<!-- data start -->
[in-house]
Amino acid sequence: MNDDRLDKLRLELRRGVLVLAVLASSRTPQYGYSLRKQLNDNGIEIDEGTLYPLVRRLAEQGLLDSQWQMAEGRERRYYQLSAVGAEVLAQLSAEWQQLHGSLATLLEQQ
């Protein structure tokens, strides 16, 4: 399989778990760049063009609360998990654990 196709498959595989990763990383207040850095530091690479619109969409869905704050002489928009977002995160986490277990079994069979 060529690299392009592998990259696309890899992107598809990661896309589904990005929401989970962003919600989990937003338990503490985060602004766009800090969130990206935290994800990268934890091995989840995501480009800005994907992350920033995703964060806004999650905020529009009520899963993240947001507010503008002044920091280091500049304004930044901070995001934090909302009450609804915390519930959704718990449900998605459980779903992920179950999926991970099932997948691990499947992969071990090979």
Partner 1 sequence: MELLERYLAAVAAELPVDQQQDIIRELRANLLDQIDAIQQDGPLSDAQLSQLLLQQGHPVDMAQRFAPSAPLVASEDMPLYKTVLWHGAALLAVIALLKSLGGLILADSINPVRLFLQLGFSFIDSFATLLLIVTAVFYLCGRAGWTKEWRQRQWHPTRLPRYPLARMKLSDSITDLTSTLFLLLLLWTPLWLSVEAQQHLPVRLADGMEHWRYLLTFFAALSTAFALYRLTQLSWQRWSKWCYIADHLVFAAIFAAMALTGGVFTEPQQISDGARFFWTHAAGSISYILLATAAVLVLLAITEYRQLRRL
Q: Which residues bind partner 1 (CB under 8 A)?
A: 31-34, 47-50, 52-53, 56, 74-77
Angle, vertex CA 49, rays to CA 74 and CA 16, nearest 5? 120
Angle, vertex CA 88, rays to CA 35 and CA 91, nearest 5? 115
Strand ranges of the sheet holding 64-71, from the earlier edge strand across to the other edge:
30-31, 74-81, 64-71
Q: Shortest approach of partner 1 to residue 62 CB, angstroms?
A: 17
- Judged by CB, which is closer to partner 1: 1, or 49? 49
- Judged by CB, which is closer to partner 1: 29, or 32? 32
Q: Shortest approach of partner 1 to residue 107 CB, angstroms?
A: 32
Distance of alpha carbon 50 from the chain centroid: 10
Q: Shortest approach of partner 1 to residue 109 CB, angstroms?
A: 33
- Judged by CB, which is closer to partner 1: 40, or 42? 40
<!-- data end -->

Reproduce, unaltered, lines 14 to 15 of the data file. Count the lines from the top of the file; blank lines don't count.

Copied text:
- Judged by CB, which is closer to partner 1: 29, or 32? 32
Q: Shortest approach of partner 1 to residue 107 CB, angstroms?